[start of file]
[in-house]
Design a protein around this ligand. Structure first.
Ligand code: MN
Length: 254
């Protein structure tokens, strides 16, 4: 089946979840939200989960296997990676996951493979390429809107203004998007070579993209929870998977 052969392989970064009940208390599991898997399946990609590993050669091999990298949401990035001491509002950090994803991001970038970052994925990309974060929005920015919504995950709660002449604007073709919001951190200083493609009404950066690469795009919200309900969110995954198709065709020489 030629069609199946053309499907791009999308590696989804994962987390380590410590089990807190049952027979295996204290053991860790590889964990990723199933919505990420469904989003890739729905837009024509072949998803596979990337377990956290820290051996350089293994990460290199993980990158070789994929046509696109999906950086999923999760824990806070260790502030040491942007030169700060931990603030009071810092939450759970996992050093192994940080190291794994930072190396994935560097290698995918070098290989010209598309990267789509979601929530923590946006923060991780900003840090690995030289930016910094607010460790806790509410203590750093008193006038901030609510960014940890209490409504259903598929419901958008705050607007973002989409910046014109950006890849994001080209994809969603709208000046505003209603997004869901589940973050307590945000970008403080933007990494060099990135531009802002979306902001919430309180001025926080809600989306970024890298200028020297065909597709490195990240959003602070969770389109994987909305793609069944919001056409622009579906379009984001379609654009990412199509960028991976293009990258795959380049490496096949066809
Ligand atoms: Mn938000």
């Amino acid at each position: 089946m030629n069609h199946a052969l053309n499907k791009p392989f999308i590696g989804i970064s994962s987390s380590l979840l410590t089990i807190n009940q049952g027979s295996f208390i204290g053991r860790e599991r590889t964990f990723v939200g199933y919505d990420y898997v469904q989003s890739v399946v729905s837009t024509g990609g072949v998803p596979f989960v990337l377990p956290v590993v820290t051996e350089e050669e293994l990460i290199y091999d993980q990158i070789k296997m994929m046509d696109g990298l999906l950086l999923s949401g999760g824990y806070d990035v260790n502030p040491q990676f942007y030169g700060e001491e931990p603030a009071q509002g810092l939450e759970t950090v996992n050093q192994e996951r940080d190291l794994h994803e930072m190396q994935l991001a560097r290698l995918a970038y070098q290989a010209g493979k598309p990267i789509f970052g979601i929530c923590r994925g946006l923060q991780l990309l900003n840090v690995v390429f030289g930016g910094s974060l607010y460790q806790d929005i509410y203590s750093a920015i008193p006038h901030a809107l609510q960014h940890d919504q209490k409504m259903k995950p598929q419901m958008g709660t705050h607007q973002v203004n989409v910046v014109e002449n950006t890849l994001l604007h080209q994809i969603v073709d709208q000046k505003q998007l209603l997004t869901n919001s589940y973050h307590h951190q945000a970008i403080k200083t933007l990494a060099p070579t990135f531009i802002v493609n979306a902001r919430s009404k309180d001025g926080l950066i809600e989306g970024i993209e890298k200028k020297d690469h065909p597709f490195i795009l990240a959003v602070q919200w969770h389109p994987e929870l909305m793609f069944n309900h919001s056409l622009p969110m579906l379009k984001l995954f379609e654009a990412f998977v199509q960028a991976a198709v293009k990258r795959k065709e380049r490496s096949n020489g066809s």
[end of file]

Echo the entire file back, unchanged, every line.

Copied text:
[in-house]
Design a protein around this ligand. Structure first.
Ligand code: MN
Length: 254
């Protein structure tokens, strides 16, 4: 089946979840939200989960296997990676996951493979390429809107203004998007070579993209929870998977 052969392989970064009940208390599991898997399946990609590993050669091999990298949401990035001491509002950090994803991001970038970052994925990309974060929005920015919504995950709660002449604007073709919001951190200083493609009404950066690469795009919200309900969110995954198709065709020489 030629069609199946053309499907791009999308590696989804994962987390380590410590089990807190049952027979295996204290053991860790590889964990990723199933919505990420469904989003890739729905837009024509072949998803596979990337377990956290820290051996350089293994990460290199993980990158070789994929046509696109999906950086999923999760824990806070260790502030040491942007030169700060931990603030009071810092939450759970996992050093192994940080190291794994930072190396994935560097290698995918070098290989010209598309990267789509979601929530923590946006923060991780900003840090690995030289930016910094607010460790806790509410203590750093008193006038901030609510960014940890209490409504259903598929419901958008705050607007973002989409910046014109950006890849994001080209994809969603709208000046505003209603997004869901589940973050307590945000970008403080933007990494060099990135531009802002979306902001919430309180001025926080809600989306970024890298200028020297065909597709490195990240959003602070969770389109994987909305793609069944919001056409622009579906379009984001379609654009990412199509960028991976293009990258795959380049490496096949066809
Ligand atoms: Mn938000």
């Amino acid at each position: 089946m030629n069609h199946a052969l053309n499907k791009p392989f999308i590696g989804i970064s994962s987390s380590l979840l410590t089990i807190n009940q049952g027979s295996f208390i204290g053991r860790e599991r590889t964990f990723v939200g199933y919505d990420y898997v469904q989003s890739v399946v729905s837009t024509g990609g072949v998803p596979f989960v990337l377990p956290v590993v820290t051996e350089e050669e293994l990460i290199y091999d993980q990158i070789k296997m994929m046509d696109g990298l999906l950086l999923s949401g999760g824990y806070d990035v260790n502030p040491q990676f942007y030169g700060e001491e931990p603030a009071q509002g810092l939450e759970t950090v996992n050093q192994e996951r940080d190291l794994h994803e930072m190396q994935l991001a560097r290698l995918a970038y070098q290989a010209g493979k598309p990267i789509f970052g979601i929530c923590r994925g946006l923060q991780l990309l900003n840090v690995v390429f030289g930016g910094s974060l607010y460790q806790d929005i509410y203590s750093a920015i008193p006038h901030a809107l609510q960014h940890d919504q209490k409504m259903k995950p598929q419901m958008g709660t705050h607007q973002v203004n989409v910046v014109e002449n950006t890849l994001l604007h080209q994809i969603v073709d709208q000046k505003q998007l209603l997004t869901n919001s589940y973050h307590h951190q945000a970008i403080k200083t933007l990494a060099p070579t990135f531009i802002v493609n979306a902001r919430s009404k309180d001025g926080l950066i809600e989306g970024i993209e890298k200028k020297d690469h065909p597709f490195i795009l990240a959003v602070q919200w969770h389109p994987e929870l909305m793609f069944n309900h919001s056409l622009p969110m579906l379009k984001l995954f379609e654009a990412f998977v199509q960028a991976a198709v293009k990258r795959k065709e380049r490496s096949n020489g066809s």